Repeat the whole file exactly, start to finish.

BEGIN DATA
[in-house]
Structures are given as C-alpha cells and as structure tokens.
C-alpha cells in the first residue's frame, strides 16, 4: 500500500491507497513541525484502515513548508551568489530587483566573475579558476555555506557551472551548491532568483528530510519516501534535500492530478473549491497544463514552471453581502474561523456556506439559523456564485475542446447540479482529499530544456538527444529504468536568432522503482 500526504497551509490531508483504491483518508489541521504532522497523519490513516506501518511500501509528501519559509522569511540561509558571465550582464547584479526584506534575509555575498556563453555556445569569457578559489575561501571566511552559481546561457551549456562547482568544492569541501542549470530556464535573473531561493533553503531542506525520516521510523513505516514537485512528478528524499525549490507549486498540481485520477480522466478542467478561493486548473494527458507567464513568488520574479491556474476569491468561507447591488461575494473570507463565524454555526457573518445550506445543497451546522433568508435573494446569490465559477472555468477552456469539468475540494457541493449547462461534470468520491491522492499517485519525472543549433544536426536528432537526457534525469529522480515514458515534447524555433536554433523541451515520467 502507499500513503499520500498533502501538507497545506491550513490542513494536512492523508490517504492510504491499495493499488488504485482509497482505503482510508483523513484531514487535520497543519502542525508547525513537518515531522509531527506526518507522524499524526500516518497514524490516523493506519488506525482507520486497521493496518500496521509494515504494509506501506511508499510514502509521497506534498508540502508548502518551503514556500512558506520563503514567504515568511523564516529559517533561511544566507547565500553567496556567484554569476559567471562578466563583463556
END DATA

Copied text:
[in-house]
Structures are given as C-alpha cells and as structure tokens.
C-alpha cells in the first residue's frame, strides 16, 4: 500500500491507497513541525484502515513548508551568489530587483566573475579558476555555506557551472551548491532568483528530510519516501534535500492530478473549491497544463514552471453581502474561523456556506439559523456564485475542446447540479482529499530544456538527444529504468536568432522503482 500526504497551509490531508483504491483518508489541521504532522497523519490513516506501518511500501509528501519559509522569511540561509558571465550582464547584479526584506534575509555575498556563453555556445569569457578559489575561501571566511552559481546561457551549456562547482568544492569541501542549470530556464535573473531561493533553503531542506525520516521510523513505516514537485512528478528524499525549490507549486498540481485520477480522466478542467478561493486548473494527458507567464513568488520574479491556474476569491468561507447591488461575494473570507463565524454555526457573518445550506445543497451546522433568508435573494446569490465559477472555468477552456469539468475540494457541493449547462461534470468520491491522492499517485519525472543549433544536426536528432537526457534525469529522480515514458515534447524555433536554433523541451515520467 502507499500513503499520500498533502501538507497545506491550513490542513494536512492523508490517504492510504491499495493499488488504485482509497482505503482510508483523513484531514487535520497543519502542525508547525513537518515531522509531527506526518507522524499524526500516518497514524490516523493506519488506525482507520486497521493496518500496521509494515504494509506501506511508499510514502509521497506534498508540502508548502518551503514556500512558506520563503514567504515568511523564516529559517533561511544566507547565500553567496556567484554569476559567471562578466563583463556